Fifty years is a fruitful passage of time to consider what the social and political revolution depicted in the hit Broadway musical “Hair” has meant to audiences around the world and how it can be interpreted through the lens of our current climate. Asolo Repertory Theatre’s decision to stage such a politically charged and emotionally wrenching musical during a time of civil strife was bold and exhilarating. “Age of Aquarius,” “Good Morning Starshine,” and “Let the Sunshine In” are some of the best songs in the American songbook exemplifying all the hopes and dreams of a new generation who were ready to take on the world.
“Hair” is a product of its times and in this current iteration, the show was grounded for a little over a week when COVID hit the cast. More than a year ago in April 2020, we reached a grim milestone when more people died from COVID in the US than during the Vietnam War, and “Hair” is largely about a tribe coming to grips with one of their own, Claude, getting drafted to Vietnam. Although the tribe are also concerned with discrimination based on race, gender, and sexual orientation, the main focus of “Hair” is the overwhelming fear, dread, and disgust that they felt about our country’s participation in what they considered to be an unjust war. The Asolo is no stranger to this discussion having previously staged “All the Way” and “The Great Society” in previous seasons about President Lyndon Baines Johnson’s struggles with our country’s participation in the war, so it was refreshing to see the other side of the equation, the young people sent to an unknown land based solely on their birthdate and bad luck.
When you enter the theater, the cast has begun interacting with one another and the audience. A huge third eye at the top stage sets the mood, and a leader of the tribe named Berger (Kaleb Wells) careens down the rainbow slide at the center of the stage espousing his love of transcendental meditation. This line was greeted by a few laughs, but I was struck by the extent to which mindful meditation has been mainstreamed as a part of the $4.2 trillion wellness industry. Perhaps people are less likely to refer to the practice as transcendental, but there is no question that the tribe depicted in “Hair” were decades ahead in ascribing to the value of meditation.
During the entire ninety minutes of the play’s run, Claude (Damon Gillespie) is confronted by the moral quandary between reporting for military conscription and staying true to the anti-war ideals of his friends who regularly gather in Washington Square Park to talk politics and partake of drugs and sex. Gillespie has a lovely voice and a great deal of energy that he brings to the performance. It’s not clear whether it is the limitations of the script (which was cut by nearly an hour from the original production) or the performance, but despite the moving moment when he came face to face with a Vietcong soldier offering a bouquet of flowers, he did not take the audience on a journey through Claude’s interior life. A deep connection with Claude would have taken this production from a happening to an awakening.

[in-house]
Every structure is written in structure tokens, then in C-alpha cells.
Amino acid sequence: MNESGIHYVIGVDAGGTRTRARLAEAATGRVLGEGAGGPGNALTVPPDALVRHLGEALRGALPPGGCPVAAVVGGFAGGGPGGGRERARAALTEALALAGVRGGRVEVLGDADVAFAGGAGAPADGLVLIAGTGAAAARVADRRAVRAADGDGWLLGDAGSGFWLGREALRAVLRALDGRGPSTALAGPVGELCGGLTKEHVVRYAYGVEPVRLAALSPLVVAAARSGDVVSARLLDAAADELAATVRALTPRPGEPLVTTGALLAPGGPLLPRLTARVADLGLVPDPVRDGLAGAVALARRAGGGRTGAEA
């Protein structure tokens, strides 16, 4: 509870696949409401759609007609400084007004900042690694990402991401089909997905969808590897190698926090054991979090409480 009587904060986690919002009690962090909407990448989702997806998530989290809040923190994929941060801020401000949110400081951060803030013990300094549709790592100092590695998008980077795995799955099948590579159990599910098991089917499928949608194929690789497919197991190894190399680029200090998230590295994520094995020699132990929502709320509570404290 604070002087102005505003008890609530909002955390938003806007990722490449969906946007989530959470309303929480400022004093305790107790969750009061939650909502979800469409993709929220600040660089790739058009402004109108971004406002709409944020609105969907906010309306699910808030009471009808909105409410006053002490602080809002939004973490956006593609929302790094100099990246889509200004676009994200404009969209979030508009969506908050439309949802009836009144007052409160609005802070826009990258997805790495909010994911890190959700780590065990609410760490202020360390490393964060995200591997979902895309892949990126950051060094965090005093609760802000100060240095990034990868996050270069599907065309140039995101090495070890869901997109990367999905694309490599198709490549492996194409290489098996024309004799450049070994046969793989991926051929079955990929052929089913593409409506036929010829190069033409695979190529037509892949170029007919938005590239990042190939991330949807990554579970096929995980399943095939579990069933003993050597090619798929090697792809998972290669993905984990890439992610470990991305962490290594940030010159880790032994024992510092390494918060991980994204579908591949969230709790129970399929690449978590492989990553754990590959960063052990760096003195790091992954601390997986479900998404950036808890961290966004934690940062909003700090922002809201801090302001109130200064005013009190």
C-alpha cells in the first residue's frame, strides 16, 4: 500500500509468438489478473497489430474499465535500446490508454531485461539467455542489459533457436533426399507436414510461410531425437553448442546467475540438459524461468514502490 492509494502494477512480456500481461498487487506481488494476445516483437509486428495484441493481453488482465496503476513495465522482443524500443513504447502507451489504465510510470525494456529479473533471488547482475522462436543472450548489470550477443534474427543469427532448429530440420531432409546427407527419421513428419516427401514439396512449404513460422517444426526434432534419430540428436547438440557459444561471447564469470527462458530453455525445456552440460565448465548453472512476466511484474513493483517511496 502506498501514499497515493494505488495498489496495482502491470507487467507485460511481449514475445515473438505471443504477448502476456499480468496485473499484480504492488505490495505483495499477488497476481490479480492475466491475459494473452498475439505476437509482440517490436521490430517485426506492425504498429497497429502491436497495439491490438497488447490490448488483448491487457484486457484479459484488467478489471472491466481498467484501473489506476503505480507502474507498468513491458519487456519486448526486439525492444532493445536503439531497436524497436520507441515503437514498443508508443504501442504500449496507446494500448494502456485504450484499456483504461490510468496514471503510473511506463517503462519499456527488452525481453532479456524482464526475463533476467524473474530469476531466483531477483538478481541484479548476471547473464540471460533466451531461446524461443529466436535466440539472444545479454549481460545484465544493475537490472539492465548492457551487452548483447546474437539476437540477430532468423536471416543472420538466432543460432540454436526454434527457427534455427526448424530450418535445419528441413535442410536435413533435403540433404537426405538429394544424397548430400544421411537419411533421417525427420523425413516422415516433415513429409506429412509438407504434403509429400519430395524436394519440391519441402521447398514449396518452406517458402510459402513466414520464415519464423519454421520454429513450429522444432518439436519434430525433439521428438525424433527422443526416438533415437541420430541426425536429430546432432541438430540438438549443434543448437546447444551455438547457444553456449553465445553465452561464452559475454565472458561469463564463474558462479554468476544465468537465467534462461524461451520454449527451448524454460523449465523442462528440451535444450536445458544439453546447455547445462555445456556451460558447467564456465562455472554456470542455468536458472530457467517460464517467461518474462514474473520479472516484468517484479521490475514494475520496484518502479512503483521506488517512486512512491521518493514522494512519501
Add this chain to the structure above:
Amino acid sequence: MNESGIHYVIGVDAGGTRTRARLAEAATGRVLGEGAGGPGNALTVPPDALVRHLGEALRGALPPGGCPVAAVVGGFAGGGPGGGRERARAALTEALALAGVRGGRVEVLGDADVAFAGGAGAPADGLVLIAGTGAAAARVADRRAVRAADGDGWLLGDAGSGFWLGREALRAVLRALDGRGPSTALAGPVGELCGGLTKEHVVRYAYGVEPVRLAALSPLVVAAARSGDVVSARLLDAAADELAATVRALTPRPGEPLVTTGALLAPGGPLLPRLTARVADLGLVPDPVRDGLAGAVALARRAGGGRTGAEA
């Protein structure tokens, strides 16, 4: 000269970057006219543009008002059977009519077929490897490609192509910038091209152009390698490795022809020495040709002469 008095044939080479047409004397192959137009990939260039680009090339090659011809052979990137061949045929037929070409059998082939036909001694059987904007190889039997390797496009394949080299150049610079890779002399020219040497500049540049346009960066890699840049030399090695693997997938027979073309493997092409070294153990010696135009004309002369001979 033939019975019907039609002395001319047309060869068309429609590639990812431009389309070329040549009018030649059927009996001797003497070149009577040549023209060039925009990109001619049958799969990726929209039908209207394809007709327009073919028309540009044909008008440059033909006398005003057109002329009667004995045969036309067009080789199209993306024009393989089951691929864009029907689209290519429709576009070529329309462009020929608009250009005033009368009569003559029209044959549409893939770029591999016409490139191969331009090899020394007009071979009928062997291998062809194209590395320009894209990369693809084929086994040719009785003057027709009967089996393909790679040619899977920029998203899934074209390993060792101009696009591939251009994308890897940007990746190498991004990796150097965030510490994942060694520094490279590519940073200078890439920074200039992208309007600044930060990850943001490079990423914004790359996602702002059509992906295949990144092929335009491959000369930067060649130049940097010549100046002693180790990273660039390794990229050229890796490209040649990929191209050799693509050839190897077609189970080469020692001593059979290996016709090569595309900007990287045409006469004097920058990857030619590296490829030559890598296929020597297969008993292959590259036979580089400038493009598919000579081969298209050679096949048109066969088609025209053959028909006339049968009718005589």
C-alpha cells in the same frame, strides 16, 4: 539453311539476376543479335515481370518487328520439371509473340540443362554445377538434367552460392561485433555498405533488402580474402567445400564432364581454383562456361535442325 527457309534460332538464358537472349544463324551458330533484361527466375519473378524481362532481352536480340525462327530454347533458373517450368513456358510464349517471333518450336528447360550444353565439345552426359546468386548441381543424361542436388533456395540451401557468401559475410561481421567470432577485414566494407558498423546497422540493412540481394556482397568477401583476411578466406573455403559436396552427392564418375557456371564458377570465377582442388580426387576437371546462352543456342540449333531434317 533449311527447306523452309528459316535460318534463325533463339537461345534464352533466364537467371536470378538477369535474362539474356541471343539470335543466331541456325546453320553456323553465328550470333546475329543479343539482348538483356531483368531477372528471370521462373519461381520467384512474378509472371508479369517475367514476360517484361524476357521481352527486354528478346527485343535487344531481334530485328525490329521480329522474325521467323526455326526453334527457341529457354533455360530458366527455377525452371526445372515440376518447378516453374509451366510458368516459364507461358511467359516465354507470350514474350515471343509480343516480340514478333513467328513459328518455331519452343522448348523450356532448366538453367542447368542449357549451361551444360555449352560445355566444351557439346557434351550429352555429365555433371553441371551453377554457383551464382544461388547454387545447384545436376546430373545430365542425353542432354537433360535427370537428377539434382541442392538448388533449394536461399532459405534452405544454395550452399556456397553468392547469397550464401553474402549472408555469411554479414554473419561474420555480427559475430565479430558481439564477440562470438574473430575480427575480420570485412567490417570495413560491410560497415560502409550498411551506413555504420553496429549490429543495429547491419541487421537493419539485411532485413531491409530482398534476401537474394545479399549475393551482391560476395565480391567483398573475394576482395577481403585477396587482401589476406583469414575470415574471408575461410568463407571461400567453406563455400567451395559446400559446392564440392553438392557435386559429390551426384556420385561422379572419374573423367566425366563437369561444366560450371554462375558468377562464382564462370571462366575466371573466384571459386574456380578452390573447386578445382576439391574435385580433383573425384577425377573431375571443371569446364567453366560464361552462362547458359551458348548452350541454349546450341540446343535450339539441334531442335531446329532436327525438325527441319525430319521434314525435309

Claude’s friends are an intriguing band of merry misfits. Berger, with his long flowing hair is a flamboyant playboy. Spirited Woof’s (Jonathan Fleites) sweet voice and melancholy air made them a stand-out among the cast. Jeanie (Becca Andrews) often functioned as the narrator explaining the musical chairs of love interests among the tribe to the audience. She claimed to be in love with Claude, but there did not appear to be any affection between them, and she seemed rather indifferent to his plight. Crissy performed one of the most compelling songs of the show “Frank Mills,” and she seemed to have the most genuinely at stake in the group in her quest to find a man she met previously. Finally, Sheila brought down the house in her introductory number “I Believe in Love,” and she was the character about whom I most wanted to learn – much like Gloria Steinem – she possessed the glamour and style as well as the fervor for women’s rights. Her second song was a ballad about Berger who callously ripped the satin gold shirt she bought him. She sang so passionately about how his treatment of the shirt reflected their relationship, yet it seemed a bit out of place for a tribe who cared so deeply about not being materialistic.
Ultimately, the heart and soul of the musical was Hud (Nora Schell). Hud personifies intersectionality and gave a powerhouse performance which was the moment they were born to play – standing fully in the light and exploring all aspects of who they are and who they are meant to be. Actress and songwriter Shaina Taub (“Suffs”) could take the story of Sheila, Jeanie, Crissy, and Hud and make a new musical that would truly embody the new Age of Aquarius. That would be my dream sequel to this ground-breaking musical.
The opportunity to see “Hair” live at a time that we are re-examining American values and seeing the genesis of the counter-cultural ideas represented by the tribe, which have become far more accepted today, is a rare treat. The music is so beautiful, and the fresh young cast were incredibly entertaining to watch. Although “Hair” doesn’t necessarily help you connect with the characters, the anti-war message comes through loud and clear. In many ways, given that we are beginning our first year of peace, 2022, in over two decades, the anti-war message is the most important of all.